It’s been quiet in Bloglandia because I was actually doing some writing, although I can’t claim it was “real writing.” Real writing is the hard slog, new words on the page, new scenes, new ruminations, new dialog. Action that propels the story. Really hard, but of course, so necessary. What I did was not that. What I did was tinkering, sometimes considered writing, but really, it’s stalling if you don’t actually have a completed manuscript. I opened up two older documents, one a sequel and one a prequel to my Memphis Zhang (the witchy woman) novel. I began tinkering with both and what I really need to do is choose one. But which one? Still haven’t decided.
Okay. Another reason I’ve been quiet on the blog is because…(take it off quick, like a band-aid!) I got not one but TWO rejections. I promised myself I would be honest here and let you bloggers know what’s the what. Both rejections are for short stories, and both were contest entries. Bummer days, bummer days. But I will carry on, I swear.
So, now is clearly a good time to discuss writing groups and how much they help when the writing slows or comes to a standstill. I’ve been a member of a writing group since 2003, or there abouts. We call ourselves Kill Your Darlings (KYD), after a quote from William Faulkner. He was referring to rewriting, cutting the dross no matter how much you love it.
My group meets about every two weeks, and while we are kind to each other, we are also honest about what works and what does not in our stories. The problem is, with a novel it’s best not to show the first draft to anyone, at least, that’s my take. Wait until you have nearly a whole draft finished, then start polishing it up and show the second draft to the group. Short stories are easier because they are shorter and therefore it’s faster to get to that second draft, naturally. Of course, if you’re not writing anything, you have nothing to show the group. The trick is to find motivation and inspiration when things seem desperate. A writing group can keep you inspired.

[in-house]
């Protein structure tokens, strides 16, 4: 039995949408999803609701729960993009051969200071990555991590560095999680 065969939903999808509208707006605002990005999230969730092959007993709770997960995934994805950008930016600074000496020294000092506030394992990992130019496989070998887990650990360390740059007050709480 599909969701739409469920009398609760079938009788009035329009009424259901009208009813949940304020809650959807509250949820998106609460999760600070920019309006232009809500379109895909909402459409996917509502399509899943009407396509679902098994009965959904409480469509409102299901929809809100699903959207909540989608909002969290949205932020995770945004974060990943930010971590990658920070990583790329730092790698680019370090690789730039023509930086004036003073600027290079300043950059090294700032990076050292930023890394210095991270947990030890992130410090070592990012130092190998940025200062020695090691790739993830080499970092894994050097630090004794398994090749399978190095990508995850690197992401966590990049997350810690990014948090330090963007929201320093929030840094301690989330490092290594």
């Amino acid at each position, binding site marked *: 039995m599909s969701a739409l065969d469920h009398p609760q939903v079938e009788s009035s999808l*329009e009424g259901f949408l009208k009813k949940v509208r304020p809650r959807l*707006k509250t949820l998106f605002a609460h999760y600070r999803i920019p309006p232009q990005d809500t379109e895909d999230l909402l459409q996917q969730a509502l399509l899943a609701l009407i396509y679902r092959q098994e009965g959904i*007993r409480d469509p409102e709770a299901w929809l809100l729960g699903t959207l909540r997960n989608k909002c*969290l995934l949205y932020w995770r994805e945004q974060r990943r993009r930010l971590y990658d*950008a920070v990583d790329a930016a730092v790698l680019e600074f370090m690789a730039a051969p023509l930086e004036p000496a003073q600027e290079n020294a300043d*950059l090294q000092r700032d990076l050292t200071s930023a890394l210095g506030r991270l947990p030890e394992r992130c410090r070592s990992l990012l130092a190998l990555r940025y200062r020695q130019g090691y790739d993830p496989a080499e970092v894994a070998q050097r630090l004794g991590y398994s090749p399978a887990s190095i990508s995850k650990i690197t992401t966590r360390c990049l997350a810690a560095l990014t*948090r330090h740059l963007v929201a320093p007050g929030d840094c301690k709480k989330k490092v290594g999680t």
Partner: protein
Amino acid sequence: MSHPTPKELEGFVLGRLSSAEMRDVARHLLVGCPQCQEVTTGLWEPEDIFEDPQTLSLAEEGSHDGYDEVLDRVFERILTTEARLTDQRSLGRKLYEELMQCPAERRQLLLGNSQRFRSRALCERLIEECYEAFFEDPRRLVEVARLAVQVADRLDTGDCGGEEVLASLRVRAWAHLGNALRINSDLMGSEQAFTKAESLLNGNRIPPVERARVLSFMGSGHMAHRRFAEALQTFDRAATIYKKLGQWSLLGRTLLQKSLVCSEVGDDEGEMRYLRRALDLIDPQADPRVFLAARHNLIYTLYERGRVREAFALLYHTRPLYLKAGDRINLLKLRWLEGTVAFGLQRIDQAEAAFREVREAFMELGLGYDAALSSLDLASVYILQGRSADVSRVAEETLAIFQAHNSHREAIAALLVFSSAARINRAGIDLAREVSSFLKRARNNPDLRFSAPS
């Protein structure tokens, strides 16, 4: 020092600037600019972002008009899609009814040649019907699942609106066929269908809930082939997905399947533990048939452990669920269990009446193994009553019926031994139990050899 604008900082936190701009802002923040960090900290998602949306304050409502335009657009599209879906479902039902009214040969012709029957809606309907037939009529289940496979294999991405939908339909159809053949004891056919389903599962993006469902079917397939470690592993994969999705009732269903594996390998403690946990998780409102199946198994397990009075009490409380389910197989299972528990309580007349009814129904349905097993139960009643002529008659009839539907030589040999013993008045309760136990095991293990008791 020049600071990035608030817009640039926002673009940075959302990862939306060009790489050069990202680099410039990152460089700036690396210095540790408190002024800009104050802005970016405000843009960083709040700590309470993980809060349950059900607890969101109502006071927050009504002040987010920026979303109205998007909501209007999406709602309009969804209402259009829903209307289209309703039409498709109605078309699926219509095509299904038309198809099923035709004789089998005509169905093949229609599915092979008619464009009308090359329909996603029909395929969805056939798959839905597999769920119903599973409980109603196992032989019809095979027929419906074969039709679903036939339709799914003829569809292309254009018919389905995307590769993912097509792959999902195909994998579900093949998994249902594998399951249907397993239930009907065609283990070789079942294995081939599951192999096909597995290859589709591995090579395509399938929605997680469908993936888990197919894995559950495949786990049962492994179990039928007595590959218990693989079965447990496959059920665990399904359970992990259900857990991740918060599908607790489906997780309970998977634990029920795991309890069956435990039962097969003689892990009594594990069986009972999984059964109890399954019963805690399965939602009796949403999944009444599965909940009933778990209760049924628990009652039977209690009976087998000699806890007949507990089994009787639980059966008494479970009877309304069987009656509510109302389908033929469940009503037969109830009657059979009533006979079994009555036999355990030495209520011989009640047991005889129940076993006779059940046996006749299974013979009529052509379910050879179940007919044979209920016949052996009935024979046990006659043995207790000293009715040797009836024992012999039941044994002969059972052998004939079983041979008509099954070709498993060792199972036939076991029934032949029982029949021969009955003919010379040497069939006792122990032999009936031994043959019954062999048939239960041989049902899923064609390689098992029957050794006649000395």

I found my group through a local website called sfstation.com, since Craigslist.org can be a bit sketchy when it comes to this type of thing. I had to submit some writing to the group and got invited to attend three meetings, which were like a trial period in which the members decided if I was certifiable or not. (I passed.) If you’re looking for a writing group, I suggest googling the name of your town/city + writing + group. See what happens.
KYD has a format: One member emails a story or novel excerpt a few days in advance so we can read it and make notes (yes, on actual paper!). We meet at one member’s home, rotating from meeting to meeting, and we pitch in for take-out Chinese or pizza. Everyone “checks in” about the last couple of weeks, keeping it to our writing and reading so we don’t degenerate into a self-help group. Then the writer up for a critique reads his or her work out loud (we are divided evenly-ish with 3 women and 4 men). Each person then speaks, starting with positive feedback and moving on to more critical areas (kill those darlings!). The writer is allowed to give us his reaction to our critiques after everyone has spoken. The end.
My friend Heidi Ayarbe, who lives abroad, is a member of an online critique group. These work really well, too.
I’d love to know what others do to connect with writers. Do you have a writers group or something akin to it in your own field of interest? If you do nothing, preferring to go it alone, it would be great to know how that works for you. Share! Share!